Since the 1996 enactment of the federal Defense of Marriage Act, states have been allowed to forgo legal recognition of same-sex marriages entered into and deemed legal in other states. The law long enabled states barring same-sex marriages to argue against the recognition of same-sex couples as “spouses” under federal laws.
That argument was greatly undermined by a seminal United States Supreme Court ruling issued last summer pursuant to which the court repealed a provision of the 1996 legislation that defined marriage as being solely between a man and a woman.
The ruling is of critical importance to same-sex couples seeking federal benefits across a wide spectrum, and new policies were announced by myriad federal agencies in its wake that expanded the rights of married gay partners.
The IRS, for example, stated that legally married same-sex couples can now file federal tax returns, notwithstanding their residence in a state that does not legally recognize their marriage. The Department of Defense now grants military spousal benefits to gay married couples.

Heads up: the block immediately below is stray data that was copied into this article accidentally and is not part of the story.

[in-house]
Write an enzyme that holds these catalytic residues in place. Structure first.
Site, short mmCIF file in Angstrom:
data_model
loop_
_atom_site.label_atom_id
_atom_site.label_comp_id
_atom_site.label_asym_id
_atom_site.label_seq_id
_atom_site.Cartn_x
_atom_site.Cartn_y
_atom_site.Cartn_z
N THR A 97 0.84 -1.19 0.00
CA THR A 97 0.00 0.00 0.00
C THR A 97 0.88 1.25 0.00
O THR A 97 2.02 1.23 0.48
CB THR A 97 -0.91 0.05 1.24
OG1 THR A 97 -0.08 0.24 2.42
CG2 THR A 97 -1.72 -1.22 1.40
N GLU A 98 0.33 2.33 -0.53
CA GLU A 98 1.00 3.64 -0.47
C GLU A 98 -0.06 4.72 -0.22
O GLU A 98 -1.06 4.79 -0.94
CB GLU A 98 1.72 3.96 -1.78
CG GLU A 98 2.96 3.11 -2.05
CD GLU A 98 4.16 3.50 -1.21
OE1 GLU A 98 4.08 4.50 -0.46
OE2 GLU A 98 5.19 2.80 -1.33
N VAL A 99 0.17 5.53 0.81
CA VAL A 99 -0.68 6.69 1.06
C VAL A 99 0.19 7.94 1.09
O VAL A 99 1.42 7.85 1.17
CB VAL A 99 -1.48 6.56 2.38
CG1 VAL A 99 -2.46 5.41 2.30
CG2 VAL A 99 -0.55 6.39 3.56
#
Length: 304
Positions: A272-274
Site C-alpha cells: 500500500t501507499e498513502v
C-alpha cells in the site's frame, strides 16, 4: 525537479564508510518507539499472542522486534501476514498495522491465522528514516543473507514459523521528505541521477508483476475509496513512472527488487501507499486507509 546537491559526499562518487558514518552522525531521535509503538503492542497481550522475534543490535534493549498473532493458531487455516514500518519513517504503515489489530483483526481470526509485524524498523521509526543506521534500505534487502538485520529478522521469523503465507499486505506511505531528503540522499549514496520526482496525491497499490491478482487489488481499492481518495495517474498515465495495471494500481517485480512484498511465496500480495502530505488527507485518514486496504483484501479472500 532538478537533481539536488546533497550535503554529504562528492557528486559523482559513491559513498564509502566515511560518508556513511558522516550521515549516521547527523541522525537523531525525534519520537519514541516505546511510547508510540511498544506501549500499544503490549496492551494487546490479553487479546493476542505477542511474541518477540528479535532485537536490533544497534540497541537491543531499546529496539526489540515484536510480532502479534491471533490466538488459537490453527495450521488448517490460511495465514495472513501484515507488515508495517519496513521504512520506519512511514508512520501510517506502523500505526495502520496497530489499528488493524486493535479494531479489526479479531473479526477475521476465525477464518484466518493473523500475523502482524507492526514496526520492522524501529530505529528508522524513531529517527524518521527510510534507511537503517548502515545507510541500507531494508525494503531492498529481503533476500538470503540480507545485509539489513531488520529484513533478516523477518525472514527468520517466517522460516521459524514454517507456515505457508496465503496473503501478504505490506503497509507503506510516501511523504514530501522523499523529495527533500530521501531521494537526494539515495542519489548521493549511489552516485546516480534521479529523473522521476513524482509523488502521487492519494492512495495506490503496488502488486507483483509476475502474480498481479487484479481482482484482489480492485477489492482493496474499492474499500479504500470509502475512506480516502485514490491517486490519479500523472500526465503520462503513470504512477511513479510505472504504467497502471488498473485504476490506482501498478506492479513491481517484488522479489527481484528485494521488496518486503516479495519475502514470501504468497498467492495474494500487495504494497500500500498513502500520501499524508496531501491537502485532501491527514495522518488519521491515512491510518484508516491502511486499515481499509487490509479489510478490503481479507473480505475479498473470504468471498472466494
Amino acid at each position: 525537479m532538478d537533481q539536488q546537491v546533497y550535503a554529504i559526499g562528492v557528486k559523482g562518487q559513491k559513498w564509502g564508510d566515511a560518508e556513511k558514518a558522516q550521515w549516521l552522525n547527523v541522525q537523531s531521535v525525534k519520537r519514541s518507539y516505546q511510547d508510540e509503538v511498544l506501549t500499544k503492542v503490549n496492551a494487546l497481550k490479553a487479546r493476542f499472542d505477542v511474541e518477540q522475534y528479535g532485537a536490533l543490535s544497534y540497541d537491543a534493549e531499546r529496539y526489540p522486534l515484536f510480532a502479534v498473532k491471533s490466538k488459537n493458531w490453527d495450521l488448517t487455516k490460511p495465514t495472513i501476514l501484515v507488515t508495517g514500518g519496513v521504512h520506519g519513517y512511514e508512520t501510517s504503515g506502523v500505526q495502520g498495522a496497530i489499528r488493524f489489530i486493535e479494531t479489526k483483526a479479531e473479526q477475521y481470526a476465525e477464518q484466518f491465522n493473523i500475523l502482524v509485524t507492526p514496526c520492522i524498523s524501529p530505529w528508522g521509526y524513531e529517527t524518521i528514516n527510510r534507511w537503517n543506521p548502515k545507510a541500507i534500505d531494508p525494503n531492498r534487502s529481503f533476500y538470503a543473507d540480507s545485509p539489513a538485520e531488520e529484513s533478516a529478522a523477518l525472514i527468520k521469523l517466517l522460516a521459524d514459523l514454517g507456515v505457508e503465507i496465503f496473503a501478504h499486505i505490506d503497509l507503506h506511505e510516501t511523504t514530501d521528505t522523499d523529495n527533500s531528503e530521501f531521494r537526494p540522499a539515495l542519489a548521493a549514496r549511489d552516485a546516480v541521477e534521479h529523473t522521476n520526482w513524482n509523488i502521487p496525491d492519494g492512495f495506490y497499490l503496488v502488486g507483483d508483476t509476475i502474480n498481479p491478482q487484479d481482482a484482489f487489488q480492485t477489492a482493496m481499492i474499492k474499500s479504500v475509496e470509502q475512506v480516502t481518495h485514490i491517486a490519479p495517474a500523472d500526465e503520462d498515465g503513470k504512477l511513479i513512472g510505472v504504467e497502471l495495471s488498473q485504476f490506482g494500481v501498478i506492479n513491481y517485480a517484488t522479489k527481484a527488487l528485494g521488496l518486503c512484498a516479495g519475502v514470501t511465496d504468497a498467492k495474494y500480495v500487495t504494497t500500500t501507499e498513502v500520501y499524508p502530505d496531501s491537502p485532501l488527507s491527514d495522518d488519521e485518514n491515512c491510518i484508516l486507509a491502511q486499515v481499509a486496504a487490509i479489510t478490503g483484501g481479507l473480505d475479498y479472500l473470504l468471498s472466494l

And earlier this month, in what was described as “the latest application” of the high court’s ruling, U.S. Attorney General Eric Holder says that the Department of Justice and other agencies will expand gay married partners’ rights to federal benefits even further.
Holder stated that same-sex married couples should be eligible to file jointly for bankruptcy. He additionally noted that support duties including alimony should be allowed to be legally pursued in the event of a same-sex divorce.
Other expanded rights to federal benefits are also forthcoming. They include the same right that heterosexual married couples have to not testify against a former or ex-spouse in a criminal or civil matter.
The LGBT advocacy group Human Rights Campaign heartily endorsed Holder’s statements and the announced changes.
“Today, our nation moves closer toward its ideals of equality and fairness to all,” stated the group’s president, Chad Griffin.
Source: ABC News, “Holder applies same-sex marriage ruling to Justice,” Pete Yost, Feb. 8, 2014